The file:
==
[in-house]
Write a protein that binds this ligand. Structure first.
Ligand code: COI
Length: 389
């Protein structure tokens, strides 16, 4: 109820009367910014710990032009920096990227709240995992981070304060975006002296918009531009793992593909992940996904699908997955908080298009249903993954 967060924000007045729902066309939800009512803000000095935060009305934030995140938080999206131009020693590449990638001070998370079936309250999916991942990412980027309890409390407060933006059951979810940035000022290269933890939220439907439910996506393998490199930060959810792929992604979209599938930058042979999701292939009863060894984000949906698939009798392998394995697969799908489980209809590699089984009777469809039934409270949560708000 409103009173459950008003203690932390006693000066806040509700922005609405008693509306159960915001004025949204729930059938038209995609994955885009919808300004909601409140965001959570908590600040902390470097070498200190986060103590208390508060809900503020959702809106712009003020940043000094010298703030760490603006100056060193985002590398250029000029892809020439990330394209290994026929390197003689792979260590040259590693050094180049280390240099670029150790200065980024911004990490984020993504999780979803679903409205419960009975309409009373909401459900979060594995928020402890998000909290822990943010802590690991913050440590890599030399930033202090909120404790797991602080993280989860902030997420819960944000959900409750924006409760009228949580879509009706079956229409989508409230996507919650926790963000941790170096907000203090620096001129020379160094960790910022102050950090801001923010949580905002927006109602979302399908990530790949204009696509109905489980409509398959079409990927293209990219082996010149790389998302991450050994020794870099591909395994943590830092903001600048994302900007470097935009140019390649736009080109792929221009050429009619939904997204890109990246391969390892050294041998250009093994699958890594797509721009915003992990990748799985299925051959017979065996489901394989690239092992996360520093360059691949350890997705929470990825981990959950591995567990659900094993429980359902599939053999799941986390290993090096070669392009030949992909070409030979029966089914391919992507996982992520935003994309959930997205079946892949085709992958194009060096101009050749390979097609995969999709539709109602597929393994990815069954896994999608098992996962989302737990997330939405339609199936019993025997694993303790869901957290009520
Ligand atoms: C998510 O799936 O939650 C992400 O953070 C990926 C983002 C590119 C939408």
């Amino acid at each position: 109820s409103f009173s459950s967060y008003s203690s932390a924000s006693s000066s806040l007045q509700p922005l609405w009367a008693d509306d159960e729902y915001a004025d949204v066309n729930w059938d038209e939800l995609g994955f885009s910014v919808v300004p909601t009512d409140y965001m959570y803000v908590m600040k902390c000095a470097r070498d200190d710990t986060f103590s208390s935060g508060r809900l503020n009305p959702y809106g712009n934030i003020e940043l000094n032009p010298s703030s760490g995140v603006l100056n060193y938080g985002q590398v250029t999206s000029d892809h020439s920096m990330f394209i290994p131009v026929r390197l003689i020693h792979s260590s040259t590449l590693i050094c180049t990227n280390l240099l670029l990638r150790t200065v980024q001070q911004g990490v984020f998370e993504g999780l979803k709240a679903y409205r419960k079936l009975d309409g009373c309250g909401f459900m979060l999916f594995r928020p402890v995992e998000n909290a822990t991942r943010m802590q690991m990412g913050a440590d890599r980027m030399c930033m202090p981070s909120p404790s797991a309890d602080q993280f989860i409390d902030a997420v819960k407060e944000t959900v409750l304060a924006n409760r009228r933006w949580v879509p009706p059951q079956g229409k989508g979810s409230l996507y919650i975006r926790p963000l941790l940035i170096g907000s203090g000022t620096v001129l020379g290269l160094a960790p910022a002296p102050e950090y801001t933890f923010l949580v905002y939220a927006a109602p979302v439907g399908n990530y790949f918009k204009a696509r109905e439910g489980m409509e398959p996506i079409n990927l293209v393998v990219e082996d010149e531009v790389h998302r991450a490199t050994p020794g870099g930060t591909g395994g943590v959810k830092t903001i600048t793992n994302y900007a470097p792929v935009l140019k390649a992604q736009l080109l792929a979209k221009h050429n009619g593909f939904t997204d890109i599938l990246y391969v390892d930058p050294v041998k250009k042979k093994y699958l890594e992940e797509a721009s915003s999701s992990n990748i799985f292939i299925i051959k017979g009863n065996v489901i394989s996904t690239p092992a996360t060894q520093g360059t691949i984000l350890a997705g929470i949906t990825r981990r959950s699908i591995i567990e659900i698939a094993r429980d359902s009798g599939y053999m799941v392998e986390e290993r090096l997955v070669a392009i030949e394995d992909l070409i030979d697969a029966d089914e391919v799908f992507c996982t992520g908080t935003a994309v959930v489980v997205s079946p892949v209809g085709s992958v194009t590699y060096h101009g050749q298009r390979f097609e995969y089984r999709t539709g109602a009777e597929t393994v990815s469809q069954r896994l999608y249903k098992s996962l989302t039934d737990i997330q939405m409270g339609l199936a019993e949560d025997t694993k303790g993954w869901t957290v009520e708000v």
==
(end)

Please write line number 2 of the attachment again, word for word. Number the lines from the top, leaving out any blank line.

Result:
Write a protein that binds this ligand. Structure first.